Maria Bello Is Proud To Reach A Milestone In Her Career That's Unfortunately Rare For Some Women In Hollywood
After over 25 years in show business, Maria Bello continues to pave a distinct path through Tinseltown — her own way. Between television and the big screen, the actor has an extremely impressive repertoire, as she's taken on more than 50 roles. That's 50 different women with their own history, genetic makeup, relationships, motivations, and personality. And it's safe to say that Bello is proud of nearly every woman she's portrayed. Unfortunately, I'm not sure all female actors can say the same thing. While approaching a very big birthday, Bello reflects on her career and all of the strong, fierce women she's had the privilege of playing thus far. And of course, she has intentions of keeping that legacy strong both in front of and behind the camera.
At Equality Now's "Make Equality Reality" event in Los Angeles this week, I ask Bello which of her many characters made her feel most empowered. She ponders for a moment, grows a smile and says, "I can’t really say." For a quick second, I think it's because she can't come up with one, which confuses me. I think about her plethora of badass roles and begin to question her hesitance. But soon enough, her answer validates my thoughts.
"Most of the roles that I play, I’m fortunate to say, they’ve been really strong, independent women characters," she says. And she doesn't take that lightly. "That’s thrilling to be able to say. Especially turning 50, continuing to get wonderful roles." It's true. Currently, she plays cutthroat attorney Michelle McBride in Amazon's Goliath. And her past roles don't go unrecognized. She's a tough, take-no-sh*t NYC bar owner in Coyote Ugly (2000), a strong, fervent mom in Prisoners (2013), a ruthless yet vulnerable mom in A History of Violence (2005), and a self-sacrificing mother in Lights Out (2016). And that's just a select few.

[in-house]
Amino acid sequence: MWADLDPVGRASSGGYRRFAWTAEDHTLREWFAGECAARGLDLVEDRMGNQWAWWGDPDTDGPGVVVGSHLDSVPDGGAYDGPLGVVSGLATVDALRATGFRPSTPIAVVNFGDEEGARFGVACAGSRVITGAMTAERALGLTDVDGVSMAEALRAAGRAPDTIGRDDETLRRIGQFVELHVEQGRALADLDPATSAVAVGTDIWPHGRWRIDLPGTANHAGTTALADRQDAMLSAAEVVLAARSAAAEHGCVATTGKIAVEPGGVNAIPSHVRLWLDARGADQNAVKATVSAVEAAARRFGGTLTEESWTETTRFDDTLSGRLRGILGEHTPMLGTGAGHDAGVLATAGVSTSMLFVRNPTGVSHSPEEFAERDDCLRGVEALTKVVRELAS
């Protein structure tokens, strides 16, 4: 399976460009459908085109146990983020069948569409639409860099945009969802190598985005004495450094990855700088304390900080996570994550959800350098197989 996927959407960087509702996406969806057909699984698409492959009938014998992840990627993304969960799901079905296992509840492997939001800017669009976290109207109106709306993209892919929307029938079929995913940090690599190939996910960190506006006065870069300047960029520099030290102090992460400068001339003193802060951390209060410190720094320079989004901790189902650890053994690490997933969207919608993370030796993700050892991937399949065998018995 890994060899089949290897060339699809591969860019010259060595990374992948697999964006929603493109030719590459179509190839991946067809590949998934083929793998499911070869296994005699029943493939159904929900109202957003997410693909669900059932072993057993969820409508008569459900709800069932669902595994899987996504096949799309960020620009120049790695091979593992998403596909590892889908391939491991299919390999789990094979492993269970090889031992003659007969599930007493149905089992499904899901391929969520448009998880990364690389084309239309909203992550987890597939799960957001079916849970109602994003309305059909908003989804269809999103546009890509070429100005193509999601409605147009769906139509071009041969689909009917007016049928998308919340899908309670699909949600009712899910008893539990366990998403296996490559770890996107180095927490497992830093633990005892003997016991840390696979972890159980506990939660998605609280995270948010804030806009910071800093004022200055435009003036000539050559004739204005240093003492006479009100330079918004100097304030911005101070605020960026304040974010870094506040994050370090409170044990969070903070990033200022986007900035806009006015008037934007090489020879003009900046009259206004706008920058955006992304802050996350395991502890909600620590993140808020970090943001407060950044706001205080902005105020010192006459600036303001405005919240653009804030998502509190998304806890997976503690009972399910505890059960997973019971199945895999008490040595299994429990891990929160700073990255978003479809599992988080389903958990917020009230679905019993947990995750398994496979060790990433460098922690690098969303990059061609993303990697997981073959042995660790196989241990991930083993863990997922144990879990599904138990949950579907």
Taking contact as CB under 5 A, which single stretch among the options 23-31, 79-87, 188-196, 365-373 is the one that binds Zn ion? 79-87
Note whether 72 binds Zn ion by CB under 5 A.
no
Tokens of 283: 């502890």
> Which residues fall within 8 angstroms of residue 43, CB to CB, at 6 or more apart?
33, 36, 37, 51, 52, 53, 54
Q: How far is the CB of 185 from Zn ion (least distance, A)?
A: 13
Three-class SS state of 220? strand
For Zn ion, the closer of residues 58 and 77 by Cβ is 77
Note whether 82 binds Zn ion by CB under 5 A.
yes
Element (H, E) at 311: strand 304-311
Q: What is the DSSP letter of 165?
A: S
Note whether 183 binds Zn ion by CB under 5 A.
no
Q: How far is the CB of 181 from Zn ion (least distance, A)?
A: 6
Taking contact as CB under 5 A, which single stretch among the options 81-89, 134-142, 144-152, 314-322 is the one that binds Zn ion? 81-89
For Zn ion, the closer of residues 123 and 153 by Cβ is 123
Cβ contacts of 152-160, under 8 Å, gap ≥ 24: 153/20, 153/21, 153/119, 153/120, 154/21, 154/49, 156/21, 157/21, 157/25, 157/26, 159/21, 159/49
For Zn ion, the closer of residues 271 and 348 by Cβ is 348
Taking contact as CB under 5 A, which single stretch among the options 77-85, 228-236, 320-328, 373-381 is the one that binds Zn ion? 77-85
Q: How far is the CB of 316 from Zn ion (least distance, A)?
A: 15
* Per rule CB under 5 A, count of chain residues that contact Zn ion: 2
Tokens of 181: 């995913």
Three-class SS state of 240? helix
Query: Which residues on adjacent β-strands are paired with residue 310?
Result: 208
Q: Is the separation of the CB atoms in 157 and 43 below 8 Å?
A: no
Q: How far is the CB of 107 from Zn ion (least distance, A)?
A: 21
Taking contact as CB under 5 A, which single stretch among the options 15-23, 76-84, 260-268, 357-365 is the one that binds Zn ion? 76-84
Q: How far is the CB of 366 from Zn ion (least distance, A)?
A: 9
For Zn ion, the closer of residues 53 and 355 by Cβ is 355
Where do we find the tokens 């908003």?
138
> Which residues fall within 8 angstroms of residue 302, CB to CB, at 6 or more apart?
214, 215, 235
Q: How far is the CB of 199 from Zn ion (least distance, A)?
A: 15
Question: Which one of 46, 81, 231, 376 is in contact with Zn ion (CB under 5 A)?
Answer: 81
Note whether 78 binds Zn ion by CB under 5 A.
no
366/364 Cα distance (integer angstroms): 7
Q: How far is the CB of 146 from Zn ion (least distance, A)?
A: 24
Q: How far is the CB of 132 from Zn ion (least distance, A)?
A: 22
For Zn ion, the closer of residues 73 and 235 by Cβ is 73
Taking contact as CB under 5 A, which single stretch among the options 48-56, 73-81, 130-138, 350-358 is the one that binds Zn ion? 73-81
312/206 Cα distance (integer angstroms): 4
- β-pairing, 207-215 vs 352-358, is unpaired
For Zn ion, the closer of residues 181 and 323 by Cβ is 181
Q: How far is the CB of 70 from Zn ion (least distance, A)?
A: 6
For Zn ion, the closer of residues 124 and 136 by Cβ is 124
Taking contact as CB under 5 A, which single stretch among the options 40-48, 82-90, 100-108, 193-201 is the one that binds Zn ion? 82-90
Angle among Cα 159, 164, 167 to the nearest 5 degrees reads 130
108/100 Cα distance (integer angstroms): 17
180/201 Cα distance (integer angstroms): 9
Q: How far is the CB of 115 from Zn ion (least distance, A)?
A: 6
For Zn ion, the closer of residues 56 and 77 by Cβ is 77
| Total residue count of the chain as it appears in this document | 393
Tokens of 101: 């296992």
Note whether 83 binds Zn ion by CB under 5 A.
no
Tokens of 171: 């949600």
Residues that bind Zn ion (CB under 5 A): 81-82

Bello's characters shed light on such a wide range of significant qualities and flaws in women, from passion to strength and sensitivity to stubbornness. Sadly, Hollywood has birthed so many negative female stereotypes, like homewrecker, ditz, and damsel in distress, but Bello dodges them as she continues to portray positive qualities on screen and allowing women to flourish off screen as well.
Female representation in Hollywood is something the actress is extremely passionate about, and something she spoke to when promoting Lights Out earlier this year. "50 percent of our audience [is] women and we don’t have more women behind and in front of the camera," she says. Currently, she's collaborating on a project with Viola Davis and her company, and working hard producing content with "strong, female-led characters."
And in real life, she's a tough cookie who embraces all of who she is as a woman — age and appearance included. "I think I work so much, so I look my age. That’s what people say," Bello says with a laugh. "Everyone gets all this stuff done." But going under the knife in attempts to mask her age isn't for her. "I feel relaxed."
(Almost) 50 has never looked so good.
Images: Buena Vista Pictures; Warner Brothers